Monday morning Kirk flipped on the workstation in his dorm room. He ran his picture ID card through the scanner and entered his PIN. The screen filled with his student desk top. On the left side were the names of the six courses that he had enrolled in this semester. In the middle was his calendar showing class times, what assignments were due on each day, and when tests and quizzes were scheduled. At the bottom of the screen was a list of incoming messages from fellow students and one from an instructor. It also listed several announcements of upcoming events on campus and news items that passed through the filter of his profile of interests. At the right side of the screen were a curious set of icons representing abstract tools of education. The first icon looked like a book shelf; the second like a public library building; the third like a computer; and the rest were symbols whose functions were known only to the elite group of experimental cyberlearners at the university. Kirk used the mouse and clicked on an envelop icon to read his first incoming message. It read: ...
News from the rain forest. Its raining. But seriously, my part of the report is finished. Let me know how you are doing on your section. Can we merge them on Wednesday?
Bye for now,
Jessie entered her home room in high school and sat down at one of the desks. She pushed her notebook pad into an information/power slot on the desk. The response was immediate. Five new icons appeared on the notebook screen. She touched the first icon. It exploded on the screen into her daily schedule and a set of school announcements. She touched a spot on the screen that was labeled "French Club." The screen filled with a message from the president of the club in French. She read it and started typing on the touch screen as if it was a typewriter keyboard.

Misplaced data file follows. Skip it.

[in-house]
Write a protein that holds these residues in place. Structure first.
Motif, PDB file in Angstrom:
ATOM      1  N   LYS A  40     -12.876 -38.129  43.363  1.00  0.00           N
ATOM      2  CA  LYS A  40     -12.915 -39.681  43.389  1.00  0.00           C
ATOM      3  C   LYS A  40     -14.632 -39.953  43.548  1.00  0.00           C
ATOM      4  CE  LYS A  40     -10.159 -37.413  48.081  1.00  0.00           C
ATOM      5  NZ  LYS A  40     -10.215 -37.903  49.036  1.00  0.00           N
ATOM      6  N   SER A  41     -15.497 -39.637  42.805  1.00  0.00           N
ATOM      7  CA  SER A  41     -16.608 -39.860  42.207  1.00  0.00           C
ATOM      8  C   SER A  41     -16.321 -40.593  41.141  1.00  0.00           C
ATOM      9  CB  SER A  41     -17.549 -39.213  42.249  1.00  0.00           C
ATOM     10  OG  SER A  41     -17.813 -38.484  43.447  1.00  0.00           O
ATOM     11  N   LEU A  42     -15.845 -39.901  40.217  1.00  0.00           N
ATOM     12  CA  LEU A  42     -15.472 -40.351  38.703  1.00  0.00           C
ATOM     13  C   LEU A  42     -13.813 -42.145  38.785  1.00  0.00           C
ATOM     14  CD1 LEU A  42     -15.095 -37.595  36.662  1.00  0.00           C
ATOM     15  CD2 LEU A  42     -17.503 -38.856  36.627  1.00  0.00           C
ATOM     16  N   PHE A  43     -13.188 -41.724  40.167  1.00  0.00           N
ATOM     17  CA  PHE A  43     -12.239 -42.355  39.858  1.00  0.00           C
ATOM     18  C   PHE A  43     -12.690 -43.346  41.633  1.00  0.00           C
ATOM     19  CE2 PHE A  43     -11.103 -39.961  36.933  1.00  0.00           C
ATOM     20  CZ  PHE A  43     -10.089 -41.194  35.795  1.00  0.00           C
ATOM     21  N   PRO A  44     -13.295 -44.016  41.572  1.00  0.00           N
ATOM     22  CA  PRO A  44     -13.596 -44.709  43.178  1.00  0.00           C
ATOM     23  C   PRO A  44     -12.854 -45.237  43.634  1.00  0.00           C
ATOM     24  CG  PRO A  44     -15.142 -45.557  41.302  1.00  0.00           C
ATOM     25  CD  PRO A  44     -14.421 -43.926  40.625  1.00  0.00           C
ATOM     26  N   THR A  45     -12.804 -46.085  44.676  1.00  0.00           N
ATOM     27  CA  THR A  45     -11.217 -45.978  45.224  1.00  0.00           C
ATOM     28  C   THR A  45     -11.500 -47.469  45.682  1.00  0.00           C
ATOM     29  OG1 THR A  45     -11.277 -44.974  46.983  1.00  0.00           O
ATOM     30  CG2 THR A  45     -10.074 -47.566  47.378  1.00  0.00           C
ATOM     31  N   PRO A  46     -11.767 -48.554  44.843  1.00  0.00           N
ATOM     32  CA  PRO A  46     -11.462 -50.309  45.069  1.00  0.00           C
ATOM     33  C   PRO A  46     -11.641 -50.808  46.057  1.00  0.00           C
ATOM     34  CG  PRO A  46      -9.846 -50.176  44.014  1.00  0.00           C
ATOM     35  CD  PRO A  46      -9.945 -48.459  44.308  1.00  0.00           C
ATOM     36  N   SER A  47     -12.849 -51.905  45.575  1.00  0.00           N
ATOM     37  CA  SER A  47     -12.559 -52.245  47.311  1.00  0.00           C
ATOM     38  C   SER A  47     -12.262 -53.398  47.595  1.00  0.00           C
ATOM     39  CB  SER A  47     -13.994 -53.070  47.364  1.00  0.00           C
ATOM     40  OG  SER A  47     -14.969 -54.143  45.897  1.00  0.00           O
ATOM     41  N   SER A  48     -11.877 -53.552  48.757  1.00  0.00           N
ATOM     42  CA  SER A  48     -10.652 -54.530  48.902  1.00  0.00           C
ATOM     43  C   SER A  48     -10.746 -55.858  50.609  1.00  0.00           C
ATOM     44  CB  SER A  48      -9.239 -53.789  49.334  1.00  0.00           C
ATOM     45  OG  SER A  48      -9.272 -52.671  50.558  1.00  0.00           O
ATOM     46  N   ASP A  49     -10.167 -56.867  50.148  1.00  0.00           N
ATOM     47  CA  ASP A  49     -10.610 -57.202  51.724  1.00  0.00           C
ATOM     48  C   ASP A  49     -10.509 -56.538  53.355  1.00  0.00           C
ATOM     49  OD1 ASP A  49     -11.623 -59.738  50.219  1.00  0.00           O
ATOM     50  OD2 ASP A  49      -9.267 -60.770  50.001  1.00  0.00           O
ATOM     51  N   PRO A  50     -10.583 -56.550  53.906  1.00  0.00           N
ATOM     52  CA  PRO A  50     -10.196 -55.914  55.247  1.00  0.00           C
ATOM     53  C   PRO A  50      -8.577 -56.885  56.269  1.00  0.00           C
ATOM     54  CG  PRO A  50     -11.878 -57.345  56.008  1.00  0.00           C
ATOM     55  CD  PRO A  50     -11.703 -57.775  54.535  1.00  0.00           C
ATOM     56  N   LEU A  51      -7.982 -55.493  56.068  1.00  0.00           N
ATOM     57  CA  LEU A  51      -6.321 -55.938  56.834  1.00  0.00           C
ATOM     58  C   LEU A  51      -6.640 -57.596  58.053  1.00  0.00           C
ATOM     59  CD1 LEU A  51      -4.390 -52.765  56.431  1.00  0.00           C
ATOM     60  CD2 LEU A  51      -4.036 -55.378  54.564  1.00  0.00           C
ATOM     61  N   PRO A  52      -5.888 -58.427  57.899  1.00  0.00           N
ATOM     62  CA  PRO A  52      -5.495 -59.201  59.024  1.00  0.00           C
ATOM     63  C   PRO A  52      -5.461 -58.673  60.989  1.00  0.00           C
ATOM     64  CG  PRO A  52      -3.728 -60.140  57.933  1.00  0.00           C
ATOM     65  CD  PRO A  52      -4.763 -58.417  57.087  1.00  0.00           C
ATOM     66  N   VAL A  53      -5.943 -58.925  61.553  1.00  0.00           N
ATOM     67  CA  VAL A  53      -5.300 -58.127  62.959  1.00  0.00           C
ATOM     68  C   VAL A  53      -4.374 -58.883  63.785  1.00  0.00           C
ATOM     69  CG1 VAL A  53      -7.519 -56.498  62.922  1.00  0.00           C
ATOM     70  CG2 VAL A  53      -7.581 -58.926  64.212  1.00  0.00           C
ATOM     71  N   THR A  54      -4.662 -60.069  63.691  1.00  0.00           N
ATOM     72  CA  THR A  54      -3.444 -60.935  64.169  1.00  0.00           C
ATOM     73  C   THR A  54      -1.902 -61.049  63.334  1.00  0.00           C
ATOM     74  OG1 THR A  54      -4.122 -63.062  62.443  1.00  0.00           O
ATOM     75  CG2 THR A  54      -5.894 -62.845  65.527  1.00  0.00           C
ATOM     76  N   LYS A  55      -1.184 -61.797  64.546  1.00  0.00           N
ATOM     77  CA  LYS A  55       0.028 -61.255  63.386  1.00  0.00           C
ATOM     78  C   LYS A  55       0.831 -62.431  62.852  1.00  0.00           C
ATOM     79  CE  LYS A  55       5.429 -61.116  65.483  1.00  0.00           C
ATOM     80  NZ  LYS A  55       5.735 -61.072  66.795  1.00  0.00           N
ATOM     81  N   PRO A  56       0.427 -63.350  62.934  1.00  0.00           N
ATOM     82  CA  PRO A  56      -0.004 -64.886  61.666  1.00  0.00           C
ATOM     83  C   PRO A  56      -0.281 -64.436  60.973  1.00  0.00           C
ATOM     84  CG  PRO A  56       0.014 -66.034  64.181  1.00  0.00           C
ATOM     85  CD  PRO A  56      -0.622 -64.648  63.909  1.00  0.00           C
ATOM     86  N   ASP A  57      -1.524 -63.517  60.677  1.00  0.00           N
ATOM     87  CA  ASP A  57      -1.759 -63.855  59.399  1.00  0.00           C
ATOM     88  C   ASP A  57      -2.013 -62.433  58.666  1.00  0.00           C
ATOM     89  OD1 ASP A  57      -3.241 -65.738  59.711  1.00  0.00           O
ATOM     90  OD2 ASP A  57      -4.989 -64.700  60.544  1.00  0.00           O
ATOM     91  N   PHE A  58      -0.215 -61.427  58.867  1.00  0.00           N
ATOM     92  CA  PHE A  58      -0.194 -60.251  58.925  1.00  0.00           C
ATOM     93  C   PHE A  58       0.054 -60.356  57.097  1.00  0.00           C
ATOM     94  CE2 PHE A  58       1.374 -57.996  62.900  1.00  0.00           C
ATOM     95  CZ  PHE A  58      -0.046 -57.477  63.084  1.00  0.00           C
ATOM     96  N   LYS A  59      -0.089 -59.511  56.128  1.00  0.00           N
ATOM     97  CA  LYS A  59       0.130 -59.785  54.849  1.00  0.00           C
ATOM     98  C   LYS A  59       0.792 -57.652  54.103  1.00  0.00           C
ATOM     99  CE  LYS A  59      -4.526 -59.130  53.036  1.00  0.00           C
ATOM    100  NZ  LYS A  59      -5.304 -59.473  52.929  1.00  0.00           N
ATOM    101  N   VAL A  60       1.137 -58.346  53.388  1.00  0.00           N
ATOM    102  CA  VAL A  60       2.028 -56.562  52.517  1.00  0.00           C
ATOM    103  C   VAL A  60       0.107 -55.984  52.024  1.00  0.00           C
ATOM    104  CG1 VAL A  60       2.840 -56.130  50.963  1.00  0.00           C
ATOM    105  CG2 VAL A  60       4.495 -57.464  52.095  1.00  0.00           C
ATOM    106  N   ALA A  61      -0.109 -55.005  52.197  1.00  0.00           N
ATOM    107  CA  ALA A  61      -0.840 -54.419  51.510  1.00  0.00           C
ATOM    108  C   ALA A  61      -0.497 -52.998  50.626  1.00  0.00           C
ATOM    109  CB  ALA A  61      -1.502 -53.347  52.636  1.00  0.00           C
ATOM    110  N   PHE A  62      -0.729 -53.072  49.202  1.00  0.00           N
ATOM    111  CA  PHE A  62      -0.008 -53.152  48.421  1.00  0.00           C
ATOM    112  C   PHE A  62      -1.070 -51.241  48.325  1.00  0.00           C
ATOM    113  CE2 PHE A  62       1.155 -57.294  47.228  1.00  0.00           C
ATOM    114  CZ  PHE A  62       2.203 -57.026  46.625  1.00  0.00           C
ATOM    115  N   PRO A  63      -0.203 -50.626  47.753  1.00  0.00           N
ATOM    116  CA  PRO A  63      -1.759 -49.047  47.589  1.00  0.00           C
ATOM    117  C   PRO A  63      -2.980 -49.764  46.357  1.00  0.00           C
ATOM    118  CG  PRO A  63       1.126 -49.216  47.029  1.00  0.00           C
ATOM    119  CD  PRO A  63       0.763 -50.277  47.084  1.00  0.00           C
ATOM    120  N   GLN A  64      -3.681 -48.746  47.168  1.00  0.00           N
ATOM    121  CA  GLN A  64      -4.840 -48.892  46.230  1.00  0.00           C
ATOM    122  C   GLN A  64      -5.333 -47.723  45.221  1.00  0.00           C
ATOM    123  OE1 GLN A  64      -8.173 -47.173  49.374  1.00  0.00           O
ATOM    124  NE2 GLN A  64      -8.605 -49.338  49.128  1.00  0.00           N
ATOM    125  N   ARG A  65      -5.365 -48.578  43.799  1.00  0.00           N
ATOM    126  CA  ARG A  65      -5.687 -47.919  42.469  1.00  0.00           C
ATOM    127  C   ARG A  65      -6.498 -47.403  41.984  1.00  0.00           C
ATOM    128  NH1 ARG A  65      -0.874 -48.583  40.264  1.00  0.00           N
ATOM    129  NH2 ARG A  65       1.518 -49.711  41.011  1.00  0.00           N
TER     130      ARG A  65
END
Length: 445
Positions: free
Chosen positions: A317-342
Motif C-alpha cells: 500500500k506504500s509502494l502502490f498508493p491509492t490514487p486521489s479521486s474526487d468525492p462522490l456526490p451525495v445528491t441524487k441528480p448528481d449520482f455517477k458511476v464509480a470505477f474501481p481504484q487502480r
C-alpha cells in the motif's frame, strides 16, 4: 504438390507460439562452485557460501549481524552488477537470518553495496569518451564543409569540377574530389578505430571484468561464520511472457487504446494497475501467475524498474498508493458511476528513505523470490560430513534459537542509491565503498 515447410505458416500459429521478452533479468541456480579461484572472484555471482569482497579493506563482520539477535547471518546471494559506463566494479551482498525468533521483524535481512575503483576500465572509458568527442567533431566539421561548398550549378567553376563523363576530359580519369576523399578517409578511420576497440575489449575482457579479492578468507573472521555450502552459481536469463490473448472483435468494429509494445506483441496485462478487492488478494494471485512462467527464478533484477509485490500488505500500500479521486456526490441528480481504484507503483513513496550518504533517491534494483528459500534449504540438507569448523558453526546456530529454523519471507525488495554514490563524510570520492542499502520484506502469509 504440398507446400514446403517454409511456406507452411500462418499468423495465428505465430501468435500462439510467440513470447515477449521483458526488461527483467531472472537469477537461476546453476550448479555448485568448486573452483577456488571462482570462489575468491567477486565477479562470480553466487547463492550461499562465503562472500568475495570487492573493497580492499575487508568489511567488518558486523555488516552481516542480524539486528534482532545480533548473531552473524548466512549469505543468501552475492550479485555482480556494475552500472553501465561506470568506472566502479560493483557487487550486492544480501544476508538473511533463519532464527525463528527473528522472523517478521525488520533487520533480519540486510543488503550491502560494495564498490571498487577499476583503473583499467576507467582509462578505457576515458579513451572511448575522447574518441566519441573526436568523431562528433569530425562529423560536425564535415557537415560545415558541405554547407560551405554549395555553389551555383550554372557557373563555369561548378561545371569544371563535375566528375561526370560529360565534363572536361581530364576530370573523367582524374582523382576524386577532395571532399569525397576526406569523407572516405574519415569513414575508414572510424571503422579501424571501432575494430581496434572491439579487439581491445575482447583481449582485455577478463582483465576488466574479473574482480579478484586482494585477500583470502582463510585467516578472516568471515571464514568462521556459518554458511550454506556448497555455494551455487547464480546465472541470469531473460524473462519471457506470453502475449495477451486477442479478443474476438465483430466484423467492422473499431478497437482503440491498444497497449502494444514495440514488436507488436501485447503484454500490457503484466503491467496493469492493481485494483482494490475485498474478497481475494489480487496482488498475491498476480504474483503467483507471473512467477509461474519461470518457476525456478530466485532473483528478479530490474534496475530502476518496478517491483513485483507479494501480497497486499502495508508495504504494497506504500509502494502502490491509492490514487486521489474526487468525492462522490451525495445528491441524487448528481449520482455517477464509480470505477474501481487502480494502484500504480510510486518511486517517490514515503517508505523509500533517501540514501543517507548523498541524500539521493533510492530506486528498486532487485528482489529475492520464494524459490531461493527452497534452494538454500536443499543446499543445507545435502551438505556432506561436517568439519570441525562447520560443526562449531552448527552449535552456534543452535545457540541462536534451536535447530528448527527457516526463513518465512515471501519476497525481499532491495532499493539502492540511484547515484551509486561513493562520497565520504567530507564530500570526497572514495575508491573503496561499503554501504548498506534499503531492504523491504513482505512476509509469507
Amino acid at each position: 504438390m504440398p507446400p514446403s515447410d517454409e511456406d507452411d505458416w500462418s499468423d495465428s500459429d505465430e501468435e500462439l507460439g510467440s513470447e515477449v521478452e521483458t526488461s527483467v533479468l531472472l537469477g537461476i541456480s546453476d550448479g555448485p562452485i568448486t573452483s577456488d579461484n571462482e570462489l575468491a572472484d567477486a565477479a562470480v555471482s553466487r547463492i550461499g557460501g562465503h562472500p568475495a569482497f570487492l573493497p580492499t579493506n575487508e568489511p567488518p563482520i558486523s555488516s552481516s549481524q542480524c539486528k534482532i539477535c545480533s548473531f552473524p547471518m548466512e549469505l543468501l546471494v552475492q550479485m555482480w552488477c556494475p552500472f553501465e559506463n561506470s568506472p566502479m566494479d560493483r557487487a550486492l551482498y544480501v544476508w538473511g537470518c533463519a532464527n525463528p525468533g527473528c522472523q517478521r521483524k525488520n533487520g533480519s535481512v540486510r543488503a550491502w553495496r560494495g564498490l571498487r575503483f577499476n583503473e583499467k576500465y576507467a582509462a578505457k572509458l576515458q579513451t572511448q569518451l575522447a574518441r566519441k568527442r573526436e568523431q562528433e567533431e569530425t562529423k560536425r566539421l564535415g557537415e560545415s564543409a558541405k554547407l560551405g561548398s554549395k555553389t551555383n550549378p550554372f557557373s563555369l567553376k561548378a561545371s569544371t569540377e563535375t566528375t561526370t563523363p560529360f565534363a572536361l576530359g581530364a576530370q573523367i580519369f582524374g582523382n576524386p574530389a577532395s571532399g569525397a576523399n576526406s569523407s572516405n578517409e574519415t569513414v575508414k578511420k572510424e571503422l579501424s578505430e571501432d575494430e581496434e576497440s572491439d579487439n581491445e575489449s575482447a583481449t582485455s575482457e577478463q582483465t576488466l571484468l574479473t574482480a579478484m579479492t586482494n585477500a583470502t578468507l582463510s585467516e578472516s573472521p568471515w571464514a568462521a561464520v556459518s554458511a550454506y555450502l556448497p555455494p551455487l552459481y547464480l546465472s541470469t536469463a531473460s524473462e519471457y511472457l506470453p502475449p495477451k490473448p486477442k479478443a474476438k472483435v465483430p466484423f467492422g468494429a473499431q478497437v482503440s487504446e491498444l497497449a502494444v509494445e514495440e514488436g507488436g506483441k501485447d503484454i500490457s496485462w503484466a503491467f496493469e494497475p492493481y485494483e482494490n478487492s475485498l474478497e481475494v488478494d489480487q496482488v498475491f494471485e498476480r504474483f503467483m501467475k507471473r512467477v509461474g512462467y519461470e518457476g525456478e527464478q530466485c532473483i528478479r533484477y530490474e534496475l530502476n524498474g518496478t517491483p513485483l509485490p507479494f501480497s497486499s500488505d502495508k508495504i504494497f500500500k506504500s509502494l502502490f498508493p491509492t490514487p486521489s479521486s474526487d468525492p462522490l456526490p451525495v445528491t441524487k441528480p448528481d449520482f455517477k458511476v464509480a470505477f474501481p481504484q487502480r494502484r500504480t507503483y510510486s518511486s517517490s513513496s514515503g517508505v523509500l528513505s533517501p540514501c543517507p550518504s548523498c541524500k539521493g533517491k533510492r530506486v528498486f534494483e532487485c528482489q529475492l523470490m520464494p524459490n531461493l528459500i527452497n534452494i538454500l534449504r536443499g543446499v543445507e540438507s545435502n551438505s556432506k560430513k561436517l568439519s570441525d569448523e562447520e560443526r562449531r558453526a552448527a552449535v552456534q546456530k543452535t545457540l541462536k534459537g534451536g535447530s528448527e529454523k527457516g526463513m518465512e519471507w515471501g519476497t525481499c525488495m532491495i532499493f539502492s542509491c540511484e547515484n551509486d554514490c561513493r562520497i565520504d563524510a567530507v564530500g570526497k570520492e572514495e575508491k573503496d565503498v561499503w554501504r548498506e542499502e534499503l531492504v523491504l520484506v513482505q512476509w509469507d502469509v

Dear President Luis:
I think we should hold the annual club dinner at Le Nicewa. I like the waiters on roller skates. I know it is expensive, but we can have a fundraiser. Sincerely, Jessie.
Then she checked her scheduleand assignments for the day. Her next class was algebra.--not her favorite; but she was doing well thanks to the function visualization and direct manipulation system that had replaced static formulas and equation s two years ago.
Olivia sat down at one of the twenty touch top desks in the second grade classroom. She put on the cordless earphones and placed her index finger on the surface of the desk. A three minute animation showing baskets of apples bouncing on the screen illustrated the relationship between addition and multiplication. After completing a set of five problems using a plastic stylus on the screen, she went on to the next exercise. The teacher scanned his own monitor to see how the class was progressing and who needed special help. Since they were ahead of schedule, today he would allow extra time playing with the interactive story/drama system. The class was collectively writing a play which they would enact by reading the scripts on either their desks or the wall monitor. Olivia was to play the part of Quenn Regula. Her first line was "I like to write rules for my subjects to obey. That is why I want to teach them all to read." The class thought that was particularly funny.
Each of these scenarios is technologically possible today and all of them are currently being explored in experimental prototype classrooms around the world. The reality of electronic education is rapidly approaching as advances in hardware and software open up a vast range of possibilities. Researchers are beginning to explore what can be done and what the results will be in the electronic classroom of the future. School administrators, teachers, and students themselves are becoming aware of the changes and beginning to brace themselves for the inevitable--the Switched-On Classroom.
Very little happens that is new in the world without a vision. Fortunately in educational technology and in computer science and among educators in many disciplines there is no lack of vision. There is great excitement and expectation for what is about to happen in the classroom. In Chapter 1 we will introduce the vision of the electronic classroom; in Chapter 2 we will take a necessary step back to inspect the failed visions of the recent past and how to remedy them; and in Chapter 3 we will give reason for the enthusiasm for the vision.
[Table of Contents] [Preface] [Chapter 1]